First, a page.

Which Religions Believe in Predestination and Where did the Idea Originate?

Of the three earliest Jewish sects–Pharisees, Sadducees, and Essenes–only the Essenes believed in predestination. My question is twofold. First, where did the idea of predestination originate (I don’t think the Essenes were the first to speak of this)? And second, are/were there any other religions, apart from Judaism and Christianity (in particular, Calvinism), that believe(d) in predestination?

My next-door neighbors are from a multi-generational family of three point Calvinists in the Christian Reformed church. i know they are really heavy into the Predestination belief. I do know however that Predestination is in Scripture. I am however not too familiar as to what extent.

What is Predestination? Thank you in advance.

From what I have heard from my neighbors, predestination is that you are predestined by God to go to Heaven or Hell and there is nothing you can do about it. If you are saved, you cannot lose your salvation no matter what and if you are not saved, you may not ever be able to be saved if it is not predestined.

My understanding of predestination as a former Calvinist is that God chooses people to accept salvation. God has to regenerate the person before they can have “saving faith.” This accepting of salvation is a one-time event. If someone at a Calvinist church stops going to church or becomes, say, a Catholic, then they were never saved, obviously.

My observations of people at my former churches did not support this idea.

The term predestination appears for the first time in Scripture in the Epistle to the Romans. Howeever, the idea is hinted at much earlier, i.e., when YHWH speaks of knowing a person before the womb (in Jeremiah). Clearly, foreknowledge and predestination go together, in fact, some would say they are the same, and foreknowledge by God of human beings is attested at least to Babylonian times.

BTW: The idea that some are predestined to salvation AND EVERYBODY ELSE to Hell is called double predestination, and is not stated in Scripture, although it is the doctrine of the Calvinists among others. One has to believe in some form of predestination to be Christian, seeing that it is in the NT, but not in double predestination.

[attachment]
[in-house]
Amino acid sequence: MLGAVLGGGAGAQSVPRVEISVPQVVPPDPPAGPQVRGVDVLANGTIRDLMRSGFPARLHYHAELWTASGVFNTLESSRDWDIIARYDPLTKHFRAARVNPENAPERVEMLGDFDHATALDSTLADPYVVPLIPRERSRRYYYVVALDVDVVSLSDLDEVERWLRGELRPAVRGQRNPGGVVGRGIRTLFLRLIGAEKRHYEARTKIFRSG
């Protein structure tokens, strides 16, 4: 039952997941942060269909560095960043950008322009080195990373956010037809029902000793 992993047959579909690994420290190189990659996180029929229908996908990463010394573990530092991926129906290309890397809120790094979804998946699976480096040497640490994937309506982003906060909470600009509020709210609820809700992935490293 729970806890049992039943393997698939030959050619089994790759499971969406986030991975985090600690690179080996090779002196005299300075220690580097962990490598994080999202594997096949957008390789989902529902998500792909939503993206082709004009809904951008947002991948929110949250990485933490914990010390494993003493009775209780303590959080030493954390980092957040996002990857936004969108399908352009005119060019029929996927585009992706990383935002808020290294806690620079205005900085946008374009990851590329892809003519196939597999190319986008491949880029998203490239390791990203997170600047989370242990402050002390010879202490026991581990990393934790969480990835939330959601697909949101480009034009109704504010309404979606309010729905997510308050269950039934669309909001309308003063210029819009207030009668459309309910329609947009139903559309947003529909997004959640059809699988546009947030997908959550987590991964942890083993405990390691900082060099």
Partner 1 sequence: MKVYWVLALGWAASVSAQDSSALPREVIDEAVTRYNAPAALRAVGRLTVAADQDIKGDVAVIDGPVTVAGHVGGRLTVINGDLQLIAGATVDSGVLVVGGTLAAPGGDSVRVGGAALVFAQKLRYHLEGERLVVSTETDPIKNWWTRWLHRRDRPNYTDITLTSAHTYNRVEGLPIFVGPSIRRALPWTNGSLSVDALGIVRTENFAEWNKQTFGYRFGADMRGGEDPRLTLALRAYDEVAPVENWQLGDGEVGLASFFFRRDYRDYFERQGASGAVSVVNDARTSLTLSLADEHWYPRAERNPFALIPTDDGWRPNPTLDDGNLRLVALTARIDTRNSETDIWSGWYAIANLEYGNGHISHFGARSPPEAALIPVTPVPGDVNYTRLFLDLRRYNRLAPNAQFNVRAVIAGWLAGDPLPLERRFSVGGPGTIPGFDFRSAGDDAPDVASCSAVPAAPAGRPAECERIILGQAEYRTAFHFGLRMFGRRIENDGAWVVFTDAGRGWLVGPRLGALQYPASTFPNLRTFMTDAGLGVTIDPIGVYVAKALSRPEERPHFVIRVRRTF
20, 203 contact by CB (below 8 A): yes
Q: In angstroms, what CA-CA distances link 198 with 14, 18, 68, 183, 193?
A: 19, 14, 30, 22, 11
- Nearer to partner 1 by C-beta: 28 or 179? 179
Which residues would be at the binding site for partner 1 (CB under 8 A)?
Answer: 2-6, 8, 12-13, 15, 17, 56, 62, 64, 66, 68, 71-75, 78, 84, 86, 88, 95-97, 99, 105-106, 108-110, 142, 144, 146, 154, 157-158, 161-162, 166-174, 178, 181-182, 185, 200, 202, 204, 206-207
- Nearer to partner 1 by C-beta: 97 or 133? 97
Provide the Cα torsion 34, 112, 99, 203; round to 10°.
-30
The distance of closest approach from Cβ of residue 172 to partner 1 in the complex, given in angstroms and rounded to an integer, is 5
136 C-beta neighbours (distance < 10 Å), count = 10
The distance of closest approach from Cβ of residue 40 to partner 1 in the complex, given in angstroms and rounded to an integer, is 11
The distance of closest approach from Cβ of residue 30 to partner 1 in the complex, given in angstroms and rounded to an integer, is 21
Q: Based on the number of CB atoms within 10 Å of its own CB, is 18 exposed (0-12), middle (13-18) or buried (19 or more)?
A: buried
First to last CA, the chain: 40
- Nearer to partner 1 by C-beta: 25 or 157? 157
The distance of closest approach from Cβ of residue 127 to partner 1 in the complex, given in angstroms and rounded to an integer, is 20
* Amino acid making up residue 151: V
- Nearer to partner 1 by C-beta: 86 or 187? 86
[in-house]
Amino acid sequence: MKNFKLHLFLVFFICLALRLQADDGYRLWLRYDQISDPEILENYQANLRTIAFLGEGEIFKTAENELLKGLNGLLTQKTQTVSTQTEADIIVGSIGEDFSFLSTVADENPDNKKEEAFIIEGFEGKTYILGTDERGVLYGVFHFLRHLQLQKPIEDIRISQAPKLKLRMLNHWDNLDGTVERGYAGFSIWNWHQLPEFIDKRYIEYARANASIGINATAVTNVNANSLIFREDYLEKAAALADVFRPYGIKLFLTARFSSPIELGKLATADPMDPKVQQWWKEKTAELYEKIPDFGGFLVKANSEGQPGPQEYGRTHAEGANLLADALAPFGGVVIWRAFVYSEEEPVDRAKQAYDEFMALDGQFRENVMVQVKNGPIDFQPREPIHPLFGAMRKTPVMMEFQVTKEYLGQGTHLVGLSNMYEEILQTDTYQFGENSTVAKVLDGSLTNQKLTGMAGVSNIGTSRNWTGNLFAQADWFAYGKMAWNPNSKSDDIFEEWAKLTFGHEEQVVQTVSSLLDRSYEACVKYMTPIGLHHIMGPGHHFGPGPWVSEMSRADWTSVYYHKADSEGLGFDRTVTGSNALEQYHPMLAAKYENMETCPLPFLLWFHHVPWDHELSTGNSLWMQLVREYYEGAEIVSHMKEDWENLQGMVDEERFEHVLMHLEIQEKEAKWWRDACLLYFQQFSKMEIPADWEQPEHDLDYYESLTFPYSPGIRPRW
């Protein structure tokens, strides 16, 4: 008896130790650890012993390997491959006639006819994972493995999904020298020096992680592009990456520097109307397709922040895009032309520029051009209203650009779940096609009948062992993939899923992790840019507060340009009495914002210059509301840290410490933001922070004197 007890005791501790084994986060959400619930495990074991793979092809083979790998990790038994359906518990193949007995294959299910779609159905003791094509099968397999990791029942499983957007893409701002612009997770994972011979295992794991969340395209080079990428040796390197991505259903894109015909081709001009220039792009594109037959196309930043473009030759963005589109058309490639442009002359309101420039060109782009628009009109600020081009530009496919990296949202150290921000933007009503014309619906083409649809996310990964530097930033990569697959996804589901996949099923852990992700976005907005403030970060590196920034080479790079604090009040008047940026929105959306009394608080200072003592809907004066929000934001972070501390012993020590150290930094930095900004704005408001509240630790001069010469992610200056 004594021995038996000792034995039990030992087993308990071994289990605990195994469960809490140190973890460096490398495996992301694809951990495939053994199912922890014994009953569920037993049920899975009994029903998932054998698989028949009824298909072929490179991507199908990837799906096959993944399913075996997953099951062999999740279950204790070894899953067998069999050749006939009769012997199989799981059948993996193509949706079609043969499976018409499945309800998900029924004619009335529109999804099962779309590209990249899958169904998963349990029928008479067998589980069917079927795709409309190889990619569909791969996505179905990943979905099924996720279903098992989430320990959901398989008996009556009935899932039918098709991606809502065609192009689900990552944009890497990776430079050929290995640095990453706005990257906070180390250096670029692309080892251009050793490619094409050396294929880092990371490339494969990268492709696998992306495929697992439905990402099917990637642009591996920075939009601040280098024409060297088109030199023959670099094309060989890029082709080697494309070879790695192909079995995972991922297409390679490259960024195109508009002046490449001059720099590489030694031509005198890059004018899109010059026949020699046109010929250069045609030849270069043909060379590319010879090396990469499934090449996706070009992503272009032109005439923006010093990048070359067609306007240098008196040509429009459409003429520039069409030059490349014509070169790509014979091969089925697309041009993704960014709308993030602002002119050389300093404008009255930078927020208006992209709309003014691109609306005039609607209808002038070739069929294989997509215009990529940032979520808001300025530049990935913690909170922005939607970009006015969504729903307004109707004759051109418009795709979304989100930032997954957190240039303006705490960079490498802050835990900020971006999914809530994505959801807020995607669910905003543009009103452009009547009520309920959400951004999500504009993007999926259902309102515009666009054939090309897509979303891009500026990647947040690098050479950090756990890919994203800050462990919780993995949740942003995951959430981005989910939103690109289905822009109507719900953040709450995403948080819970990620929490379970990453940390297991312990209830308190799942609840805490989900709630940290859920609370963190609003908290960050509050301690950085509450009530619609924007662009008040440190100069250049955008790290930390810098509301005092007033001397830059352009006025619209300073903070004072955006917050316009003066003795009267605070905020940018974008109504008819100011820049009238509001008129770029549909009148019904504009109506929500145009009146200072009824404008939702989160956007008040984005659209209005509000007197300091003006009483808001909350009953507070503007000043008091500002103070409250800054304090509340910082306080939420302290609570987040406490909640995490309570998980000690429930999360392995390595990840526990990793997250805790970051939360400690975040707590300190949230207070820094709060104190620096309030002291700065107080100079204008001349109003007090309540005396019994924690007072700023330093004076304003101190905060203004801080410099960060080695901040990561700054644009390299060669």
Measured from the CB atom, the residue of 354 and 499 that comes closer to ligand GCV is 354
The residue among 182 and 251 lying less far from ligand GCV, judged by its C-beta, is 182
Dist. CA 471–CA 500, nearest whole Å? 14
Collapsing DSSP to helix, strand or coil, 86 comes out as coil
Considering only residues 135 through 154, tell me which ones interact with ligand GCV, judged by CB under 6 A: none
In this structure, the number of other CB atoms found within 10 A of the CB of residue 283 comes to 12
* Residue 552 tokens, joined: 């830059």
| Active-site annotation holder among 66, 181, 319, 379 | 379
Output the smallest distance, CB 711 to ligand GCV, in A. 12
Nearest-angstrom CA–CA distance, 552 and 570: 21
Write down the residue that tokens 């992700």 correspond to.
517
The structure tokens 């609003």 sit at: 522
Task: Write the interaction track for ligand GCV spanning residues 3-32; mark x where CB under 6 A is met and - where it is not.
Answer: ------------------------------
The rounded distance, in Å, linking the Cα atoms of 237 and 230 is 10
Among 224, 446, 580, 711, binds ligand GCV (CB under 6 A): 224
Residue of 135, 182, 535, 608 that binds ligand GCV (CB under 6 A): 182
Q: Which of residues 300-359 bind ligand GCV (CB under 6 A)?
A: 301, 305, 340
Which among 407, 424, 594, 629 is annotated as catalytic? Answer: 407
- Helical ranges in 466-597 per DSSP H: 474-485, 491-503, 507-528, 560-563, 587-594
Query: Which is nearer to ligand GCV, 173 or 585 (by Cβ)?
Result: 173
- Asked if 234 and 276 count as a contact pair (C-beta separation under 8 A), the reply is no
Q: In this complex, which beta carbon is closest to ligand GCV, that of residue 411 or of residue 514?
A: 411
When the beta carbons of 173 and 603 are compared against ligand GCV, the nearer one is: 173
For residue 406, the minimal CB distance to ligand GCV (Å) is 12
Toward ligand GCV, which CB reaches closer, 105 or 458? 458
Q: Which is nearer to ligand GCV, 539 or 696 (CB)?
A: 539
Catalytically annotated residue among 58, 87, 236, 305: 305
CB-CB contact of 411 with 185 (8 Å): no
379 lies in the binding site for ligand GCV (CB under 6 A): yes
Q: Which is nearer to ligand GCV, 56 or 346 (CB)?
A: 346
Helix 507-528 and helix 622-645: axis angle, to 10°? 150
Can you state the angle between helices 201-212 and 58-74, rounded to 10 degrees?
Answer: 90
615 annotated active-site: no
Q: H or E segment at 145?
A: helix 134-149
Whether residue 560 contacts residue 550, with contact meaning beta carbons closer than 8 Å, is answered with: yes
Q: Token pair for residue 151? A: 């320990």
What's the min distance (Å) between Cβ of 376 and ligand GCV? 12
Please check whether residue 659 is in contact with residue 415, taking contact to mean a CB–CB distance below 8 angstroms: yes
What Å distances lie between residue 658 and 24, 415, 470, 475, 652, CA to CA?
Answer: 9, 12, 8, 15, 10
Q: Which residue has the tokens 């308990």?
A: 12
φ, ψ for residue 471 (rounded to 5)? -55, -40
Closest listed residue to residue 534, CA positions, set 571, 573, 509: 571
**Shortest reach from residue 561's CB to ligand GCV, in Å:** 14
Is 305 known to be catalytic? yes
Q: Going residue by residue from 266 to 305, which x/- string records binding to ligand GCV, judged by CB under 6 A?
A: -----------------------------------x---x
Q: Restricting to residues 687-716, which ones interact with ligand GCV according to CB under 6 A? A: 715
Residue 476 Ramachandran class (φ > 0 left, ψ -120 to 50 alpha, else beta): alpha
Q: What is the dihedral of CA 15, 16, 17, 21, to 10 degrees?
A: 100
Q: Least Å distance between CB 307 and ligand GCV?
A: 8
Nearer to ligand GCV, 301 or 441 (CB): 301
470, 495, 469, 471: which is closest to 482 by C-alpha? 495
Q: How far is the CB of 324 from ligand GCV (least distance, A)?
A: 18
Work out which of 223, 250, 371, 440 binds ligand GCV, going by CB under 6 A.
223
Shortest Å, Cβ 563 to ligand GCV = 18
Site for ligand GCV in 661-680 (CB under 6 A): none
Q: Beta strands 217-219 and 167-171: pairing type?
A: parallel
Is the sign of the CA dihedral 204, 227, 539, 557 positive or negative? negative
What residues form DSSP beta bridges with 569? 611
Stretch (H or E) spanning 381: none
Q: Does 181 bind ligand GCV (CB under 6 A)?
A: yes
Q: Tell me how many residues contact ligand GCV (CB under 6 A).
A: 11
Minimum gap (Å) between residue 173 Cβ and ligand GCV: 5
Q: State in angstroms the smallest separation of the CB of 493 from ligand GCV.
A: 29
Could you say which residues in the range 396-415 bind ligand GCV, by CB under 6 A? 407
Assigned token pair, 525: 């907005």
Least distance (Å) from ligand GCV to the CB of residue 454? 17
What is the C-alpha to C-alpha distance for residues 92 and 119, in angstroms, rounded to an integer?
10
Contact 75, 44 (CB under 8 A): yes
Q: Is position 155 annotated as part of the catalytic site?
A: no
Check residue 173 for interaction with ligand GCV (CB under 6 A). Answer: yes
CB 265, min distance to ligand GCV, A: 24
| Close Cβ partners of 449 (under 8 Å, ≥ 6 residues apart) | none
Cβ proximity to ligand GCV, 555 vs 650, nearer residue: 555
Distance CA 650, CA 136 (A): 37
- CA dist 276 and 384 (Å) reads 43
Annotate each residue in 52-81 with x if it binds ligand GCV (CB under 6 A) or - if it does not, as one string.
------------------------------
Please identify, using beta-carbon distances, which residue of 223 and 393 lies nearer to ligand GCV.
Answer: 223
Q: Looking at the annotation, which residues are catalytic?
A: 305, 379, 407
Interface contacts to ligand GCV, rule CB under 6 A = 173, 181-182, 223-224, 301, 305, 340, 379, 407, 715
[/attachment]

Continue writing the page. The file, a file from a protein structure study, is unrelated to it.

God Bless, ICXC NIKA

Thank you, GEddie, for this interesting information. I don’t think I had ever heard about the idea of double predestination before.

In other words, if a person converts to another religion or becomes an atheist, it means they were never saved in the first place. I recall long ago learning that if one is not “successful” in life, that also means one is not saved. This was a way to justify a kind of prosperity gospel, in which only the rich and elite can be saved. Thanks for your comment.

That just about takes care of free will, doesn’t it? Thanks for the comment.

Augustine wrestled with Predestination, Double Predestination and Free-Will also in one of his earlier works.

There’s probly a ton of info here with the search engine in regards to Augustine.


Good post and i agree with it.:thumbsup:

Your welcome and you’re right, it does pretty much squash freewill.

Just for the record, I do not support nor believe in much of Calvinistic views. I do support many of John Calvin’s ideas, but not those of the three-point Calvinists who took it to an extreme well after Calvin’s death.

Isn’t it five points? Tulip and all that?

Yeah i think you are right. Show’s you how much i keep up with Calvinists.:rolleyes:

Hey, just exactly what are the 5 points?? Just curious.

Google is your friend; I don’t do tulips:):):slight_smile:



5 points are the Dutch Reformed response to Jacob Arminius and his followers in 1610.

There response ended up with the 5 points T = Total Depravity, U = Unconditional Election, L = Limited Atonement (sometimes called definate Redemtion), I = Irrisistible Grace, and P = Perseverance of the Saints.

I think in most Baptist or Evangelical Churches Calvinism really refers to just Predestination but the Dutch Reformed or Scottish Prebyterians also have historical links with John Clavin the person and therefore also use it to refer to other doctrines which he held such as on the Sacraments and church government.

Some Calvinists in an attempt to “water down” their more horrible doctrines (such as Limited Atonement) loose “petals” on their tulip and can call themselves 4 or 3 pointers, so your neighbours may well be 3 point Calvinists.

hope this adds some perspective

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